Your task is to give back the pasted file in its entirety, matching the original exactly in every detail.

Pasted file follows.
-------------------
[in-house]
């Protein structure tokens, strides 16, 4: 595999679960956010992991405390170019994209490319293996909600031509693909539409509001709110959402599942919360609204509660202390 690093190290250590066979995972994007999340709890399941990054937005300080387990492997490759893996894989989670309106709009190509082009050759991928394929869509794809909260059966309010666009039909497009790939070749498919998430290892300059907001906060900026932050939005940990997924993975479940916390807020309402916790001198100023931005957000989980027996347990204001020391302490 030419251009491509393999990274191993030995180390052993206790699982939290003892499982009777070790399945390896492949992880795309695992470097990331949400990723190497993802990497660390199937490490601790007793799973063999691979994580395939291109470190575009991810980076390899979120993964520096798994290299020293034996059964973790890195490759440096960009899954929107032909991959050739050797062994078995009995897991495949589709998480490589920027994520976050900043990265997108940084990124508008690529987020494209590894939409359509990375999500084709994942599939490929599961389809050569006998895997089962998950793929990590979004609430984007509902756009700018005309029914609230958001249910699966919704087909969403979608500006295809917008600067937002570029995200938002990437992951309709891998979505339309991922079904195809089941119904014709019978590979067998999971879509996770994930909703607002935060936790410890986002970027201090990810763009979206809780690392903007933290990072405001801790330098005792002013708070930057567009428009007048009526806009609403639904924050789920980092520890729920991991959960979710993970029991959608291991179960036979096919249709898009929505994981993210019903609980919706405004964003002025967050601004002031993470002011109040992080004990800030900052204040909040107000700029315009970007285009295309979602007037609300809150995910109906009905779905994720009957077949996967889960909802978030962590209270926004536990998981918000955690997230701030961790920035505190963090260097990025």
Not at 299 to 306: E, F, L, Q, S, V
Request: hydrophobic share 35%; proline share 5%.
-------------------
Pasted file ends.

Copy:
[in-house]
């Protein structure tokens, strides 16, 4: 595999679960956010992991405390170019994209490319293996909600031509693909539409509001709110959402599942919360609204509660202390 690093190290250590066979995972994007999340709890399941990054937005300080387990492997490759893996894989989670309106709009190509082009050759991928394929869509794809909260059966309010666009039909497009790939070749498919998430290892300059907001906060900026932050939005940990997924993975479940916390807020309402916790001198100023931005957000989980027996347990204001020391302490 030419251009491509393999990274191993030995180390052993206790699982939290003892499982009777070790399945390896492949992880795309695992470097990331949400990723190497993802990497660390199937490490601790007793799973063999691979994580395939291109470190575009991810980076390899979120993964520096798994290299020293034996059964973790890195490759440096960009899954929107032909991959050739050797062994078995009995897991495949589709998480490589920027994520976050900043990265997108940084990124508008690529987020494209590894939409359509990375999500084709994942599939490929599961389809050569006998895997089962998950793929990590979004609430984007509902756009700018005309029914609230958001249910699966919704087909969403979608500006295809917008600067937002570029995200938002990437992951309709891998979505339309991922079904195809089941119904014709019978590979067998999971879509996770994930909703607002935060936790410890986002970027201090990810763009979206809780690392903007933290990072405001801790330098005792002013708070930057567009428009007048009526806009609403639904924050789920980092520890729920991991959960979710993970029991959608291991179960036979096919249709898009929505994981993210019903609980919706405004964003002025967050601004002031993470002011109040992080004990800030900052204040909040107000700029315009970007285009295309979602007037609300809150995910109906009905779905994720009957077949996967889960909802978030962590209270926004536990998981918000955690997230701030961790920035505190963090260097990025």
Not at 299 to 306: E, F, L, Q, S, V
Request: hydrophobic share 35%; proline share 5%.